Re: [OPE-L] monetary macro interpretation

From: Fred Moseley (fmoseley@MTHOLYOKE.EDU)
Date: Fri Jun 02 2006 - 09:31:12 EDT

Hi Jurrian, thanks for these passages and your comments.  A few comments

On Wed, 31 May 2006, Jurriaan Bendien wrote:

> Fred Moseley wrote:
> "These two aggregate equalities are not conditional
> equalities, that may or may not be true, depending on the compositions of
> capital of individual industries (as in the standard interpretation of
> Marx's theory), but are instead identities, that are always true, by
> assumption, or by the nature of Marx's logical method - the determination
> of the total surplus-value prior to its distribution."
> Fred's description has got to be correct basically, but I would say that the
> two aggregate equalities are true "by assumption", specifically a modelling
> assumption made to understand a complex reality. Lateron both Marx and
> Engels qualified that assumption:
> K. Marx:
> " The sum of average profit plus ground-rent can never be greater than
> magnitude of which they are components and which exists before this
> division. It is therefore immaterial for our discussion whether the entire
> surplus-value of the commodities, i.e., all the surplus-labour contained in
> the commodities, is realised in their price or not. The surplus-labour is
> not entirely realised if only for the reason that due to a continual change
> in the amount of labour socially necessary to produce a certain commodity,
> resulting from the constant change in the productiveness of labour, some
> commodities are always produced under abnormal conditions and must,
> therefore, be sold below their individual value. At any rate, profit plus
> rent equal the total realised surplus-value (surplus-labour), and for
> purposes of this discussion the realised surplus-value may be equated to all
> surplus-value; for profit and rent are realised surplus-value, or, generally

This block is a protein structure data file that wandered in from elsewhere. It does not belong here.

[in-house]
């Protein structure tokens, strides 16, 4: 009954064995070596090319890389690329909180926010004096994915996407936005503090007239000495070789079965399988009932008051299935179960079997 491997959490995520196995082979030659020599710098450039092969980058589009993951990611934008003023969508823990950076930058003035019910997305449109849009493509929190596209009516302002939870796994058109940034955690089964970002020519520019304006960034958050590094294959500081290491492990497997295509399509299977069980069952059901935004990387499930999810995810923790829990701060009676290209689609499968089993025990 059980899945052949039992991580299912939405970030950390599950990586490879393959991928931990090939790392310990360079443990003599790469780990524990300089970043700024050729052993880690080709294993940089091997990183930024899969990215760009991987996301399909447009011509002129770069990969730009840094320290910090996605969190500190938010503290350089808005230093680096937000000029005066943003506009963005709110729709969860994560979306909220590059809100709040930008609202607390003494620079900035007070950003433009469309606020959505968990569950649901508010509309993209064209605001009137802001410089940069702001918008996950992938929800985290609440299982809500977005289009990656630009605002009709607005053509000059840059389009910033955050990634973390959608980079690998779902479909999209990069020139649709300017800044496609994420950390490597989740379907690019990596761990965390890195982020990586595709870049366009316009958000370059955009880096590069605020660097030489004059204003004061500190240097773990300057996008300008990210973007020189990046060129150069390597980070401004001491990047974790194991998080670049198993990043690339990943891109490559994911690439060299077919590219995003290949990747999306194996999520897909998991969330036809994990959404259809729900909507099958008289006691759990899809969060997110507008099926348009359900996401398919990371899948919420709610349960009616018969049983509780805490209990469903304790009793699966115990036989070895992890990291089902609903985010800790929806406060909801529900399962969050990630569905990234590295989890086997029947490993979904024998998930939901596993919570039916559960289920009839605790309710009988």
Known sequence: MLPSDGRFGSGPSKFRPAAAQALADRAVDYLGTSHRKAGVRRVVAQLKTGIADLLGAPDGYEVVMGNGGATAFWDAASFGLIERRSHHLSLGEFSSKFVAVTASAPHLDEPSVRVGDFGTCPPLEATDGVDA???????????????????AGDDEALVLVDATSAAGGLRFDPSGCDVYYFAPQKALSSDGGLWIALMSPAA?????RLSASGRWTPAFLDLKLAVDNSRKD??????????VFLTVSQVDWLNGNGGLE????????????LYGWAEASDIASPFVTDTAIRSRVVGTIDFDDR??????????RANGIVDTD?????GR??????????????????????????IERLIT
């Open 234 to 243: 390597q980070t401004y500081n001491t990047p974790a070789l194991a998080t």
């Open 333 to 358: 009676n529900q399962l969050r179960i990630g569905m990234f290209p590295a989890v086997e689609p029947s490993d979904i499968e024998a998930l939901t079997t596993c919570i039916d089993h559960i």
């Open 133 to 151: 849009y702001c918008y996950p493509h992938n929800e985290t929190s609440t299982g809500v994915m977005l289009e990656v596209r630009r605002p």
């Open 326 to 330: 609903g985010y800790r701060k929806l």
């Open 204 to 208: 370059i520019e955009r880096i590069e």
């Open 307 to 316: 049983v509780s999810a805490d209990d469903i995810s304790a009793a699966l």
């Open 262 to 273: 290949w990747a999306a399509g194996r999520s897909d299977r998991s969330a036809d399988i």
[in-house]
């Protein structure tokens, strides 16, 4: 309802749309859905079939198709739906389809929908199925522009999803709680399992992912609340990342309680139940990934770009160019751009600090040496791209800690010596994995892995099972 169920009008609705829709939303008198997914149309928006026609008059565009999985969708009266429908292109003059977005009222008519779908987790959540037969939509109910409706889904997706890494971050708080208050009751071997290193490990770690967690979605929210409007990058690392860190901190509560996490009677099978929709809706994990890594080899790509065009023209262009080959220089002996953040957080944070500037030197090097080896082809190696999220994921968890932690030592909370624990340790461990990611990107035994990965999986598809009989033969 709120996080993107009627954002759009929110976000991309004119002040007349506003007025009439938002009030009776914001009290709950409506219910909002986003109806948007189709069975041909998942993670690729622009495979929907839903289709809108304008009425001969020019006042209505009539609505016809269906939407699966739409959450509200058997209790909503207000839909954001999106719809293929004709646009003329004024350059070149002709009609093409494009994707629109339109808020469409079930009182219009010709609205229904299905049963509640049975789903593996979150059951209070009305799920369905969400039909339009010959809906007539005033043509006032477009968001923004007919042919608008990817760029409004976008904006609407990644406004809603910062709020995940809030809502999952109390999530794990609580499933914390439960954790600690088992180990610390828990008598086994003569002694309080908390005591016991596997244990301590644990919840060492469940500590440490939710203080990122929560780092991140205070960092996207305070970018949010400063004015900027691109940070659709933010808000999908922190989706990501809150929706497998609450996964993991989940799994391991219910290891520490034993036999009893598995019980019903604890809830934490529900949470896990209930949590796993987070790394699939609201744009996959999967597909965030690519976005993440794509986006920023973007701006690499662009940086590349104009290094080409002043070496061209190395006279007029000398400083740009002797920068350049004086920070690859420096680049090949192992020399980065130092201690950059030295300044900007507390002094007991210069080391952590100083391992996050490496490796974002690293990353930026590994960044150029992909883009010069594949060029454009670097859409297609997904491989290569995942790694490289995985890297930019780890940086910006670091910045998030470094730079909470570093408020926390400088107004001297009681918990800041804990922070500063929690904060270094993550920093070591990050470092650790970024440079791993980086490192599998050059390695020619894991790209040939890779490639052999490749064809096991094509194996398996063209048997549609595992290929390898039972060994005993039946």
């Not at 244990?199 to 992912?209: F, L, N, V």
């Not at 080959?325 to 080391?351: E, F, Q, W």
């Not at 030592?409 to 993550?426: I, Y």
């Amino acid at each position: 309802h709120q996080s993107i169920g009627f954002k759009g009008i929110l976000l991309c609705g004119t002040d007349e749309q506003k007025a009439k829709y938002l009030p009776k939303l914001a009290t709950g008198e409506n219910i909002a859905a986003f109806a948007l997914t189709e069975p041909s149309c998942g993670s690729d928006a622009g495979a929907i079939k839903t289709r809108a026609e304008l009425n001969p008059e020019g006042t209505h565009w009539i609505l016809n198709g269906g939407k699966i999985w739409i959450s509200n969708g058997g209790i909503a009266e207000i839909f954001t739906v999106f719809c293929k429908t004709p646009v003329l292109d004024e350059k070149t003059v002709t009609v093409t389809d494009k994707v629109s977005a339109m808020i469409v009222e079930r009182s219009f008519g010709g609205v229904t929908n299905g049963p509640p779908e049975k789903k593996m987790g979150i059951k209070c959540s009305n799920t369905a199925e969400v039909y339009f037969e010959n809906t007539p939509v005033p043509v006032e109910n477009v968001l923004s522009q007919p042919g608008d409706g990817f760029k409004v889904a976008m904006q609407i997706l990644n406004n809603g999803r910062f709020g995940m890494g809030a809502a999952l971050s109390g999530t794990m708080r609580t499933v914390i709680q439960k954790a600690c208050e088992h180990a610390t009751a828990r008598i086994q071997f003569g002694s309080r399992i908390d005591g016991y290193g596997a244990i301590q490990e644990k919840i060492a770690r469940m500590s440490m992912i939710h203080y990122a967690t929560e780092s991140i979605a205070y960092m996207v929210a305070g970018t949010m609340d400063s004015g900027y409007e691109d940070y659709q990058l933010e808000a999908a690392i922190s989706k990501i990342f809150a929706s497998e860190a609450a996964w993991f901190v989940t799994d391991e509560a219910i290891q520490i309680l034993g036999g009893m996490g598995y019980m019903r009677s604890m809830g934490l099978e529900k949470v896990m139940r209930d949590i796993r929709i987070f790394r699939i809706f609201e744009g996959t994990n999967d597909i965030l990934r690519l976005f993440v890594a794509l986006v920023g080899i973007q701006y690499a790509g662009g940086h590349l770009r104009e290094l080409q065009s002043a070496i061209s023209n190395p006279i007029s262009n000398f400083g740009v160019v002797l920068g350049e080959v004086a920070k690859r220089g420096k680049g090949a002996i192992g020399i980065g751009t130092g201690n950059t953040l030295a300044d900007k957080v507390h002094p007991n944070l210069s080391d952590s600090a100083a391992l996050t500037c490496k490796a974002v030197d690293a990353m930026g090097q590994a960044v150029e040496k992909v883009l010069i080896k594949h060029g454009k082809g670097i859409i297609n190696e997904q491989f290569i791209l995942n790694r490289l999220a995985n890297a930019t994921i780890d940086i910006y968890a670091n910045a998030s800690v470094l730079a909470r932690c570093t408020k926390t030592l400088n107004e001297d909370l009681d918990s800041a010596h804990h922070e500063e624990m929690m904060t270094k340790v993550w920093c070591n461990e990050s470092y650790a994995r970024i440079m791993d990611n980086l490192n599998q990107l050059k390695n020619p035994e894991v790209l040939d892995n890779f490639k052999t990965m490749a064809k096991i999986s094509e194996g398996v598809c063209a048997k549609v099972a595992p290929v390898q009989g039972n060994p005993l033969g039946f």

> speaking, the surplus-value which passes into the prices of commodities,
> thus in practice all the surplus-value forming a constituent part of this
> price."

Yes, Marx's theory of the distribution of surplus-value in Vol. 3 assumes
that all the total surplus-value is realized.  This is still an abstract
theory, which explains how the total surplus-value is divided up into its
individual component parts.  In the passage quoted, the total
surplus-value is divided into average profit and rent.  The subject of
unrealized surplus-value, due to lack of demand, is a subject for a lower
level of abstraction, beyond the three volumes of Capital.

An important point for me from this passage that the total surplus-value
is assumed to exist prior to its division into individual parts, and thus
the total surplus-value is assumed to be theoretically determined prior to
its division into individual parts.  Marx made similar statements on the
previous page and on the following page, and throughout Volume 3 and all
the various drafts of Capital.  This is why the total surplus-value must
by assumption be equal to the total profit.

> I tend to think the "transformation problem" difficulty partly results from
> the fact that:
> (1) Marx doesn't really discuss all the different forms prices can take
> (real prices, ideal prices, future prices etc.), and

I think you are right about this.  Prices of production in vol. 3
are long-run equilibrium prices, which assume that S = D.

> (2) he doesn't clearly demonstrate why the concept of (aggregate) "price"
> logically presupposes the concept of "value". In the tradition of the
> political economists, he simply defines price as the monetary expression of
> exchange-value.

I think Marx does demonstrate this, in Chapter 1 of Vol. 1,
which is a long way from the transformation problem.


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